July 9, 2013 – The nine-member board of the fledgling Wyoming Lottery met for the first time Monday and quickly got to work, hoping to reach or beat their goal of getting the Lottery off the ground by January 2014. But the kickoff for ticket sales in the state is a long way off, as the board must choose a CEO for the semi-private Lottery corporation, which was created as a private entity to avoid placing risk on the state government. They must also choose a Lottery vendor, a private company that will help the Lottery’s operations maximize profit. In light of the Illinois Lottery’s legal troubles with its vendor Northstar, the Wyoming Lottery’s choice of vendor could have great – or grave – implications for their projected $24 million annual profits. Before any of those decisions are made, the Lottery must find financial backing from banks and investors willing to take a risk. Board member Mark Macy told Wyoming’s Star Tribune that the board expects investments to come fairly easily, and that the Lottery has been well-received by potential lenders. “Most banks were receptive to the idea because you don’t see lotteries fail,” Macy said. In fact, most lotteries are able to cover their start-up loans very quickly.  For example, the Florida Lottery was able to pay back its loans in its first 17 days of operation, including interest. Among other obstacles before kicking off ticket sales in Wyoming are choosing retailers and finding a lawyer. Legal advice will be necessary to write a contract for whomever the CEO may be – whose salary will be well over $175,000 according to board members’ comments. As for the board, their salaries are already set.  They’re being paid $150 per day for days that they meet, and according to the Star Tribune must pay travel expenses out of pocket until the Lottery turns a profit. It’d probably be a safe bet to say they’re hoping to beat Florida’s 17-day payback...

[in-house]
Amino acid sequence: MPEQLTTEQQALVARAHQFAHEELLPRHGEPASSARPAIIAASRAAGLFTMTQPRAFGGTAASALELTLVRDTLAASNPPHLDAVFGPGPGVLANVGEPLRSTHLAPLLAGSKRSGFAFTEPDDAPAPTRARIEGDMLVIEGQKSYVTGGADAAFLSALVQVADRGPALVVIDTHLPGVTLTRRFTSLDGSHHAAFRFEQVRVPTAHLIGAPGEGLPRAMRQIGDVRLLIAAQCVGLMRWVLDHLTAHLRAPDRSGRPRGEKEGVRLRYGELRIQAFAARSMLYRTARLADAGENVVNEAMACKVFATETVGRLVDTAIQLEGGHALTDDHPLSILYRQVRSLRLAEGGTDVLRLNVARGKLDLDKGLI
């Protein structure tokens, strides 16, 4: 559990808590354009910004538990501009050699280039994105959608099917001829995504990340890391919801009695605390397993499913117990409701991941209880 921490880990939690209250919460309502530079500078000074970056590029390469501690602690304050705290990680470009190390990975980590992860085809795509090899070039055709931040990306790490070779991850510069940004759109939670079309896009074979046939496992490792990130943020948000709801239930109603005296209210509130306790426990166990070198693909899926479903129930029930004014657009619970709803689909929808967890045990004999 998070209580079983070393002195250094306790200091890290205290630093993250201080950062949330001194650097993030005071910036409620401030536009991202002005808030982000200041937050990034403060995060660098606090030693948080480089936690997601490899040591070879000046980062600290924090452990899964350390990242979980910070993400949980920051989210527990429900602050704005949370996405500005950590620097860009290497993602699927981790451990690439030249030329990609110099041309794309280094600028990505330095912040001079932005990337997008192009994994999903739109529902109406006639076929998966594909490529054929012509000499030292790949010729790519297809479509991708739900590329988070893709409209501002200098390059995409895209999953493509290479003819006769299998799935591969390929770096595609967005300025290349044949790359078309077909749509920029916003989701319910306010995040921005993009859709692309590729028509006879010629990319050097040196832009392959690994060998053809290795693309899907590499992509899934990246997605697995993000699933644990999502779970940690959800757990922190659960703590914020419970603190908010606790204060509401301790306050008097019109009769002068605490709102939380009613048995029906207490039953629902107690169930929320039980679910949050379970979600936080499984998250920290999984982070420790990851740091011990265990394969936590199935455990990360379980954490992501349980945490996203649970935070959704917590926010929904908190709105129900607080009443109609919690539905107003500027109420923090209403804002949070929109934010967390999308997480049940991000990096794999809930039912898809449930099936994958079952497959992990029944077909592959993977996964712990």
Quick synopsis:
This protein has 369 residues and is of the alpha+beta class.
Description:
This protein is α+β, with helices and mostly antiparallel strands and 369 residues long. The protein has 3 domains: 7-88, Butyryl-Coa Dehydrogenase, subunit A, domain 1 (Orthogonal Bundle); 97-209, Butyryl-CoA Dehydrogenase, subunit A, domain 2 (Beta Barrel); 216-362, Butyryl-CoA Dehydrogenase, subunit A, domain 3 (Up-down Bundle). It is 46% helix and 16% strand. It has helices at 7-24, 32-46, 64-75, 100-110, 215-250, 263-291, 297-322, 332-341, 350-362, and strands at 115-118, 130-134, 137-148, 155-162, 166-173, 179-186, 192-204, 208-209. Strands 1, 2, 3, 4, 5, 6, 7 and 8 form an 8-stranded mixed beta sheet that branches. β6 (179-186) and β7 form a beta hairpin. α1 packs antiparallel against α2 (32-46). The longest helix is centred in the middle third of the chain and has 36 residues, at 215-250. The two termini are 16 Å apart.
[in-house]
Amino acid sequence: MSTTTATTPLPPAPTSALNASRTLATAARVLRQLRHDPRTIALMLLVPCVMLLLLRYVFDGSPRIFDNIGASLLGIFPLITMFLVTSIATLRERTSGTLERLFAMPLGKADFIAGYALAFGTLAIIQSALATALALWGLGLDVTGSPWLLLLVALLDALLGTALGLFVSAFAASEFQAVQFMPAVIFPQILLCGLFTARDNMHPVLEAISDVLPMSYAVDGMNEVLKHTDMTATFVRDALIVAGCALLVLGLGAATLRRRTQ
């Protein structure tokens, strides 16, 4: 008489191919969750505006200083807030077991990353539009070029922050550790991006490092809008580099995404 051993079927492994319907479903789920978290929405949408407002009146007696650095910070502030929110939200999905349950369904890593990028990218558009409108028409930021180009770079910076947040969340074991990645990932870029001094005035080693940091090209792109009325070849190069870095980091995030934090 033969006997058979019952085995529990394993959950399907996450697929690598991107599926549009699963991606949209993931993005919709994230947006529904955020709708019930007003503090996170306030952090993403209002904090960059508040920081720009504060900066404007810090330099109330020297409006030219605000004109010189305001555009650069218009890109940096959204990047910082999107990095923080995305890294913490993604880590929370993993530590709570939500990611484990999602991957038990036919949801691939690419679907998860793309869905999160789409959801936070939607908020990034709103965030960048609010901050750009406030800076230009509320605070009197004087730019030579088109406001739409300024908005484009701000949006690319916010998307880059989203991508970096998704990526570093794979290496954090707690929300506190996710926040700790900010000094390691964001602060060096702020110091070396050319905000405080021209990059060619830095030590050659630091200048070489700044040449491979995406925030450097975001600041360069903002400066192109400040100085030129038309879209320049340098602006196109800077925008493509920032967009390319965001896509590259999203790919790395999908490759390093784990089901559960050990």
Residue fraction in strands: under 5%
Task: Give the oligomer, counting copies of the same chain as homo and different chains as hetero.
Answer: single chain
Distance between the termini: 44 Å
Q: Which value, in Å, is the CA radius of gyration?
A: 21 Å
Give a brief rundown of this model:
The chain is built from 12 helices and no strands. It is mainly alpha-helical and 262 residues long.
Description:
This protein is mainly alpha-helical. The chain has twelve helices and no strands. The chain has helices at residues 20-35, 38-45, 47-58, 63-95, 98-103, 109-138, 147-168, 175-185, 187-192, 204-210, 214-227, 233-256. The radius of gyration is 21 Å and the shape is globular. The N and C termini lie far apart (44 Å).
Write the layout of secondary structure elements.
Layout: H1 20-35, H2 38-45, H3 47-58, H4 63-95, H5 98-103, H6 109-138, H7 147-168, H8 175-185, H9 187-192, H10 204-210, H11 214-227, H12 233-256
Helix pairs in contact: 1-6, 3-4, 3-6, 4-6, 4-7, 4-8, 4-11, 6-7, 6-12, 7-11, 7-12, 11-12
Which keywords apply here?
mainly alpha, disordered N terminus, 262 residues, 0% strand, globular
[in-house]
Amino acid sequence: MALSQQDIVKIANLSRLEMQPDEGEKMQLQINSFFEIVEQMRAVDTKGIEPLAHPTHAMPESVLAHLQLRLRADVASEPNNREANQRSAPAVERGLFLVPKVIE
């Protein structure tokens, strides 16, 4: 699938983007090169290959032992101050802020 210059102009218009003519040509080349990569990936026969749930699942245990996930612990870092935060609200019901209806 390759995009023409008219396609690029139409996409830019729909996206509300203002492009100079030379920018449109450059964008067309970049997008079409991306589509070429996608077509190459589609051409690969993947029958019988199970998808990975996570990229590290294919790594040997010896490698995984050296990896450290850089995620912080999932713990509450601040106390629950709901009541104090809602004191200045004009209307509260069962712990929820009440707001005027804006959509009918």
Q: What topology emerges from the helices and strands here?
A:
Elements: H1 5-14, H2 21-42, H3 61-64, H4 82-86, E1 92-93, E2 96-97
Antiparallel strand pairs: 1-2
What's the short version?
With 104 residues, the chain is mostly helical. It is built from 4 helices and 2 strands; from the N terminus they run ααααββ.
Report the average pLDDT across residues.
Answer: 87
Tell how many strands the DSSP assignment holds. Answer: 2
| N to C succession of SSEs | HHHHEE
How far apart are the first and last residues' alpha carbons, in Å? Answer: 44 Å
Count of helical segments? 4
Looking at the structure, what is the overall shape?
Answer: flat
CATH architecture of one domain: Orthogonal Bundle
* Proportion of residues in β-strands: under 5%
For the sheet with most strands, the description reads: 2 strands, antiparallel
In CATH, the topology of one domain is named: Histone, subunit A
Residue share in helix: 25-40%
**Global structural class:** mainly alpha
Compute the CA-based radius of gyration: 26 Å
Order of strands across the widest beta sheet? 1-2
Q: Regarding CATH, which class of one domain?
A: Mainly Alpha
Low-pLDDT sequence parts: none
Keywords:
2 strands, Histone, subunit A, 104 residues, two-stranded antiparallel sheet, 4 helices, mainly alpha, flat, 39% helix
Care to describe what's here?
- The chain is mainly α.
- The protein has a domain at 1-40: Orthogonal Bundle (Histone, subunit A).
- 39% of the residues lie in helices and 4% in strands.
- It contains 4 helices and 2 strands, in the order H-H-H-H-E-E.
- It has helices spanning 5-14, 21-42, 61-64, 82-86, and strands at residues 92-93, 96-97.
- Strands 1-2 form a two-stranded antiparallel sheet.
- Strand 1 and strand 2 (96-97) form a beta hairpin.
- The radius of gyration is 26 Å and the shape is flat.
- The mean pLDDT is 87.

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Wyoming Lottery Board Members Appointed

July 1, 2013 – After the Wyoming Lottery Act went into effect this morning, Gov. Matt Mead was tasked with appointing the nine board members that will build the new Lottery from the ground up over the next year. This afternoon, Cheyenne CBS News 5 reported that Gov. Mead had completed his appointments, and released the names of his nine appointees. Mead said that “the board members are truly Wyoming leaders in their areas of expertise,” and that he “appreciates their willingness to work on this challenging endeavor. The board members are: Dave Bonner, of Powell.  Bonner is a 51-year veteran of the newspaper industry, and has served in the state House of Representatives, among other public offices. Brian Scott Gamroth, of Casper.  Gamroth is best known as a morning radio show host, and is a successful and active fundraiser.  He has been a Wyoming radio personality for nearly 20 years. Jim Griffin, also from Casper.  Griffin was a former statistician for the United States Geological Survey, and has spent nearly 20 years as a Fiscal and Budget Analyst for state lawmakers. Mark Macy of Cheyenne.  Macy is University of Wyoming Law School graduate and a private-practice lawyer specializing in business litigation. Gerry Marburger, of Riverton.  Marburger is a CPA who has spent more than thirty years providing general tax and business tax services, and has served as the president of the Wyoming Society of CPAs. Ross Newman of Torrington.  Newman is a 20-year veteran of the banking industry, with a history of service to the state of Wyoming. Barry Sims of Cheyenne.  Sims recently retired from his position as CEO of Taco John’s International, where he’s worked for more than 25 years. Erin Taylor, also of Cheyenne.  Taylor has a Masters Degree in Economics from the University of Wyoming, and gained experience in regulatory policy and economic analysis working in Washington, D.C. Jim Whalen of Jackson.  Whalen is Sheriff in Teton County, and holds a Master’s Degree in International Criminal Justice. According to...